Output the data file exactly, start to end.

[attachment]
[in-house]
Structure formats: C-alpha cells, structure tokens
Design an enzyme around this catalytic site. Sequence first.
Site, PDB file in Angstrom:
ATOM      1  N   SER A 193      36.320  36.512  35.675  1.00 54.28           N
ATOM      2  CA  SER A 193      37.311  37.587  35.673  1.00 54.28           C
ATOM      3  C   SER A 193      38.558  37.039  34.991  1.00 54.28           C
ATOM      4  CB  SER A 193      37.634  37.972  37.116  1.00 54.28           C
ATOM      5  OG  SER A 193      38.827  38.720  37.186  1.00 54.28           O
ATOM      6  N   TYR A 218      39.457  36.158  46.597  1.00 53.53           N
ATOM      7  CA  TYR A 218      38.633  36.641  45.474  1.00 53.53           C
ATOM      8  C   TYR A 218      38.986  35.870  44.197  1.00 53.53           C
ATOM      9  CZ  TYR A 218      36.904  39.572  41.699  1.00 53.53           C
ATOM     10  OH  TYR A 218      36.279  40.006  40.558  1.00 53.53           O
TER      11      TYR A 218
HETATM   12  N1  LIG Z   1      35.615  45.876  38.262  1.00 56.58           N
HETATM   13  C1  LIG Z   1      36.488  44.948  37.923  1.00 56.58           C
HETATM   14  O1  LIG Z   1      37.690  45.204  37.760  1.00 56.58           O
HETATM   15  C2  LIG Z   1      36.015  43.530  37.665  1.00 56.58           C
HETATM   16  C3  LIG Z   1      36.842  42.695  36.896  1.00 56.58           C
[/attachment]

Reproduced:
[in-house]
Structure formats: C-alpha cells, structure tokens
Design an enzyme around this catalytic site. Sequence first.
Site, PDB file in Angstrom:
ATOM      1  N   SER A 193      36.320  36.512  35.675  1.00 54.28           N
ATOM      2  CA  SER A 193      37.311  37.587  35.673  1.00 54.28           C
ATOM      3  C   SER A 193      38.558  37.039  34.991  1.00 54.28           C
ATOM      4  CB  SER A 193      37.634  37.972  37.116  1.00 54.28           C
ATOM      5  OG  SER A 193      38.827  38.720  37.186  1.00 54.28           O
ATOM      6  N   TYR A 218      39.457  36.158  46.597  1.00 53.53           N
ATOM      7  CA  TYR A 218      38.633  36.641  45.474  1.00 53.53           C
ATOM      8  C   TYR A 218      38.986  35.870  44.197  1.00 53.53           C
ATOM      9  CZ  TYR A 218      36.904  39.572  41.699  1.00 53.53           C
ATOM     10  OH  TYR A 218      36.279  40.006  40.558  1.00 53.53           O
TER      11      TYR A 218
HETATM   12  N1  LIG Z   1      35.615  45.876  38.262  1.00 56.58           N
HETATM   13  C1  LIG Z   1      36.488  44.948  37.923  1.00 56.58           C
HETATM   14  O1  LIG Z   1      37.690  45.204  37.760  1.00 56.58           O
HETATM   15  C2  LIG Z   1      36.015  43.530  37.665  1.00 56.58           C
HETATM   16  C3  LIG Z   1      36.842  42.695  36.896  1.00 56.58           C